In the end, the researchers found that CBD has the potential to reduce addictive relapse. Science Daily reports:
The researchers reported that CBD effectively reduced relapse provoked by stress and drug cues; CBD also reduced anxiety and impulsivity in the drug-experienced rats.
Further studies showed that CBD was completely cleared from the brain and plasma of the rats three days after the therapy was completed. Quite unexpectedly though, five months later, experimental animals that had been treated with CBD still showed a reduced relapse induced by stress or drug cues.
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Consequently, this research shows that CBD may be a safe and effective way to help prevent drug relapse in addicts. What’s more exciting is that this could be a long-lasting therapy that doesn’t require ongoing treatment.
Cannabis vs. Opioids for Chronic Pain
Interestingly, lawmakers in Arizona have recently started the process which would allow physicians to prescribe cannabis therapy for anyone struggling with opioid abuse or dependence. The justification for the new law is an array of peer-reviewed studies that show cannabis can be an effective substitute for opioids.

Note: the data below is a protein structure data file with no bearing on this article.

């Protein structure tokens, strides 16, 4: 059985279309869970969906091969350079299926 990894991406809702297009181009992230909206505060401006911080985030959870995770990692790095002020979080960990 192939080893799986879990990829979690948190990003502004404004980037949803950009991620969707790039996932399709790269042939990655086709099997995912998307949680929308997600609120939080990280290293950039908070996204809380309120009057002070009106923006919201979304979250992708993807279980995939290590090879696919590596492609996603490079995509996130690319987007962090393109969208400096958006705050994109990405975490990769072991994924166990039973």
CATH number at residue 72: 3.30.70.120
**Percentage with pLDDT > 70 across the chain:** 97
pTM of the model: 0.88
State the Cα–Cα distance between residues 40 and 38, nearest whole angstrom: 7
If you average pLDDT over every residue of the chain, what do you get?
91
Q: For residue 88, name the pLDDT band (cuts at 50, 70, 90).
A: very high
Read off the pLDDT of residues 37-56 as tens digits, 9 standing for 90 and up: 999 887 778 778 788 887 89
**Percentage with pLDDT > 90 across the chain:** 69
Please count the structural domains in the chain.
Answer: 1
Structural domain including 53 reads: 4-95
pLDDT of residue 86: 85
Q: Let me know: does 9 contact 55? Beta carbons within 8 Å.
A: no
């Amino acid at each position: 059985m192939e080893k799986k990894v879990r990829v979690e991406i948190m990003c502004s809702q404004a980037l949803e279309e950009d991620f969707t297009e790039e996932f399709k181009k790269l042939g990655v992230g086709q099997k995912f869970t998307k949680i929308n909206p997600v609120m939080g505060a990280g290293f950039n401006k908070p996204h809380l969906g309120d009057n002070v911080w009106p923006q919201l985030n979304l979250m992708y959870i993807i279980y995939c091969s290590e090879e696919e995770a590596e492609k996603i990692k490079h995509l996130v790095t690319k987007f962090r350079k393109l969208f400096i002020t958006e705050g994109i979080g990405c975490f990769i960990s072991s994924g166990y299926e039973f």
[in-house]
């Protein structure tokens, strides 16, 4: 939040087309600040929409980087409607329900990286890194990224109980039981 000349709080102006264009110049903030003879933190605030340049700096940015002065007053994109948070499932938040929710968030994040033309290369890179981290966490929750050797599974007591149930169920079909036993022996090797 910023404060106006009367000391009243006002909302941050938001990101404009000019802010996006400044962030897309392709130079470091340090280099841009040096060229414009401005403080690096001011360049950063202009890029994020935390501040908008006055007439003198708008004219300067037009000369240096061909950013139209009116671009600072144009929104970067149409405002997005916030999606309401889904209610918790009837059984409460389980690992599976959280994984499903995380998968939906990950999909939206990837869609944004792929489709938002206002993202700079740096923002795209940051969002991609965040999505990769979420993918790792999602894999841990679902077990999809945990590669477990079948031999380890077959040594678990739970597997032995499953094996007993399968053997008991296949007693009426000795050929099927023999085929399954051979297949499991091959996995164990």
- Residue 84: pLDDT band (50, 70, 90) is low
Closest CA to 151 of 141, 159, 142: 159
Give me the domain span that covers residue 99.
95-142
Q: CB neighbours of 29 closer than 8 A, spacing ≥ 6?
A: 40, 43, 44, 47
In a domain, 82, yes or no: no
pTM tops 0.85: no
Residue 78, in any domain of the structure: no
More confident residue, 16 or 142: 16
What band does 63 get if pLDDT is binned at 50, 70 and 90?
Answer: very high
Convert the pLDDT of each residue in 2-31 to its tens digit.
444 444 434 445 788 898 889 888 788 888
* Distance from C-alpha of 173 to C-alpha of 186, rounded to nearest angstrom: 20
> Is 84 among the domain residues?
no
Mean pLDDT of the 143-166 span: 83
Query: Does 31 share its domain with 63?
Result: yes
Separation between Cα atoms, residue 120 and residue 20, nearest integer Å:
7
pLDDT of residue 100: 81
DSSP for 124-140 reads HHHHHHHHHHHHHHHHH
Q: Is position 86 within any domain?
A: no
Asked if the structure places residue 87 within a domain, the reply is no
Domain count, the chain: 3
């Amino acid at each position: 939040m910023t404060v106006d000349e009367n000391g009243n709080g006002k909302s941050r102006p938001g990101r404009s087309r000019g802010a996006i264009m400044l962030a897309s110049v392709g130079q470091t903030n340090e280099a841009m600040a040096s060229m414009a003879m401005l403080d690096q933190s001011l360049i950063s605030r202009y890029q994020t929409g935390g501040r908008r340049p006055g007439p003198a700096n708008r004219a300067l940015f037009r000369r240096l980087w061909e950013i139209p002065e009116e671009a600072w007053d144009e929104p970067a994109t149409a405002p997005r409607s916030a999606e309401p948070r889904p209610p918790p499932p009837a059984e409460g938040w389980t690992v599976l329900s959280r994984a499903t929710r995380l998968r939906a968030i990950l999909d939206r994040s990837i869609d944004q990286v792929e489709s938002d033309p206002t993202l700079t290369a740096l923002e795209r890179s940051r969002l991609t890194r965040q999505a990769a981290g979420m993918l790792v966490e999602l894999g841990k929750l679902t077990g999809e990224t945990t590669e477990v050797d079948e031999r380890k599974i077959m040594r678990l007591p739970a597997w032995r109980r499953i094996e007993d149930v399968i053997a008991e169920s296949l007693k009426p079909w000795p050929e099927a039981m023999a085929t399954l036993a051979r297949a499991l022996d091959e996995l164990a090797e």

One study out of Minnesota Deportment of Health was able to show that:
62.6% (221/353) were able to reduce or eliminate opioid usage after six months (of taking medical cannabis).
Further, a study from Israel published in February 2018 in the European Journal of Internal Medicine, examined the effects of six months of cannabis treatment on the elderly. Here’s what they concluded:
After six months of treatment, 93.7% of the respondents reported improvement in their condition and the reported pain level was reduced from a median of 8 on a scale of 0-10 to a median of 4. After six months, 18.1% stopped using opioid analgesics or reduced their does.
Finally, yet in another study, a group of researchers concluded:
Prescriptions for all opioids decreased by 3.742 million daily doses per year when medical cannabis dispensaries opened …Combined with previously published studies suggesting cannabis laws are associated with lower opioid mortality, these findings further strengthen arguments in favor of considering medical applications of cannabis as one tool in the policy arsenal that can be used to diminish the harm of prescription opioids.”
It is still not fully known which cannabinoids in cannabis can have the most beneficial effect on chronic pain and how they work as a treatment for opioid addiction. What we do know is that safe alternatives are much needed. Please share in the comments if you’ve had any first hand experience with opioids or opioid addiction.
Read more articles by Anna Hunt.
About the Author
Anna Hunt is writer, yoga instructor, mother of three, and lover of healthy food. She’s the founder of Awareness Junkie, an online community paving the way for better health and personal transformation. She’s also the co-editor at Waking Times, where she writes about optimal health and wellness. Anna spent 6 years in Costa Rica as a teacher of Hatha and therapeutic yoga. She now teaches at Asheville Yoga Center and is pursuing her Yoga Therapy certification. During her free time, you’ll find her on the mat or in the kitchen, creating new kid-friendly superfood recipes.